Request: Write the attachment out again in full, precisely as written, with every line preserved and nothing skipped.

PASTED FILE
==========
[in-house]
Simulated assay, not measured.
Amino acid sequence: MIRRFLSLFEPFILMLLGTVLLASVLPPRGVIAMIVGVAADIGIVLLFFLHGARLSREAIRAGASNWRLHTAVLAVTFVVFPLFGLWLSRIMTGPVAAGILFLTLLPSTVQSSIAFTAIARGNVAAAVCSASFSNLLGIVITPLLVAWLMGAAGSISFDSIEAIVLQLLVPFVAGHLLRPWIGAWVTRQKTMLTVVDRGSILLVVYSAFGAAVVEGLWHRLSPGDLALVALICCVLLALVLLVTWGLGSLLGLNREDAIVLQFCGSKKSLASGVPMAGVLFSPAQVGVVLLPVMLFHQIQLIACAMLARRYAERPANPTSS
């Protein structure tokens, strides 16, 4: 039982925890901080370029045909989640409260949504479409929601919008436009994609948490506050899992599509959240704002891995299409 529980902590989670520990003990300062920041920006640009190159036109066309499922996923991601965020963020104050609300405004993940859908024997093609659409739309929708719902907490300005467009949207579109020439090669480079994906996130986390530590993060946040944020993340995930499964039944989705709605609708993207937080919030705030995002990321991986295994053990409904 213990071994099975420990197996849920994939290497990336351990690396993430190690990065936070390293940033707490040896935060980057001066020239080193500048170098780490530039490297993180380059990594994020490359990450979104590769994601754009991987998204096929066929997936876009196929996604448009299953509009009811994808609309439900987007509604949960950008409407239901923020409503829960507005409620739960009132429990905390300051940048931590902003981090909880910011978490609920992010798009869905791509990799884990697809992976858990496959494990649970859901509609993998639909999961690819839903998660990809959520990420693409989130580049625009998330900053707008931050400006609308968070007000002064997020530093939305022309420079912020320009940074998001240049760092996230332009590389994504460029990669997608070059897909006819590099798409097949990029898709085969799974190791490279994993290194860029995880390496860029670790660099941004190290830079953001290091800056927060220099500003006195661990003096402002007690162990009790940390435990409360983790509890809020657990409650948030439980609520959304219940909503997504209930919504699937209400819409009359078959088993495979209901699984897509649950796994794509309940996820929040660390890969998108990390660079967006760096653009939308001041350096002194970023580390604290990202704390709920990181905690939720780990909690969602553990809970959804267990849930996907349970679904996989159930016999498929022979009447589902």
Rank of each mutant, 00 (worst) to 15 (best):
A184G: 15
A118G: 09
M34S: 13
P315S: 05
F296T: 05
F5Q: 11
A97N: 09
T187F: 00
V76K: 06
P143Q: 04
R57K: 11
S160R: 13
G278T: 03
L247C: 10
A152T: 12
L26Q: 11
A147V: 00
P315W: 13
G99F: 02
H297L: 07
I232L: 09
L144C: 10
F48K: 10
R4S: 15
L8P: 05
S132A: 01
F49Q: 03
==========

[in-house]
Simulated assay, not measured.
Amino acid sequence: MIRRFLSLFEPFILMLLGTVLLASVLPPRGVIAMIVGVAADIGIVLLFFLHGARLSREAIRAGASNWRLHTAVLAVTFVVFPLFGLWLSRIMTGPVAAGILFLTLLPSTVQSSIAFTAIARGNVAAAVCSASFSNLLGIVITPLLVAWLMGAAGSISFDSIEAIVLQLLVPFVAGHLLRPWIGAWVTRQKTMLTVVDRGSILLVVYSAFGAAVVEGLWHRLSPGDLALVALICCVLLALVLLVTWGLGSLLGLNREDAIVLQFCGSKKSLASGVPMAGVLFSPAQVGVVLLPVMLFHQIQLIACAMLARRYAERPANPTSS
């Protein structure tokens, strides 16, 4: 039982925890901080370029045909989640409260949504479409929601919008436009994609948490506050899992599509959240704002891995299409 529980902590989670520990003990300062920041920006640009190159036109066309499922996923991601965020963020104050609300405004993940859908024997093609659409739309929708719902907490300005467009949207579109020439090669480079994906996130986390530590993060946040944020993340995930499964039944989705709605609708993207937080919030705030995002990321991986295994053990409904 213990071994099975420990197996849920994939290497990336351990690396993430190690990065936070390293940033707490040896935060980057001066020239080193500048170098780490530039490297993180380059990594994020490359990450979104590769994601754009991987998204096929066929997936876009196929996604448009299953509009009811994808609309439900987007509604949960950008409407239901923020409503829960507005409620739960009132429990905390300051940048931590902003981090909880910011978490609920992010798009869905791509990799884990697809992976858990496959494990649970859901509609993998639909999961690819839903998660990809959520990420693409989130580049625009998330900053707008931050400006609308968070007000002064997020530093939305022309420079912020320009940074998001240049760092996230332009590389994504460029990669997608070059897909006819590099798409097949990029898709085969799974190791490279994993290194860029995880390496860029670790660099941004190290830079953001290091800056927060220099500003006195661990003096402002007690162990009790940390435990409360983790509890809020657990409650948030439980609520959304219940909503997504209930919504699937209400819409009359078959088993495979209901699984897509649950796994794509309940996820929040660390890969998108990390660079967006760096653009939308001041350096002194970023580390604290990202704390709920990181905690939720780990909690969602553990809970959804267990849930996907349970679904996989159930016999498929022979009447589902």
Rank of each mutant, 00 (worst) to 15 (best):
A184G: 15
A118G: 09
M34S: 13
P315S: 05
F296T: 05
F5Q: 11
A97N: 09
T187F: 00
V76K: 06
P143Q: 04
R57K: 11
S160R: 13
G278T: 03
L247C: 10
A152T: 12
L26Q: 11
A147V: 00
P315W: 13
G99F: 02
H297L: 07
I232L: 09
L144C: 10
F48K: 10
R4S: 15
L8P: 05
S132A: 01
F49Q: 03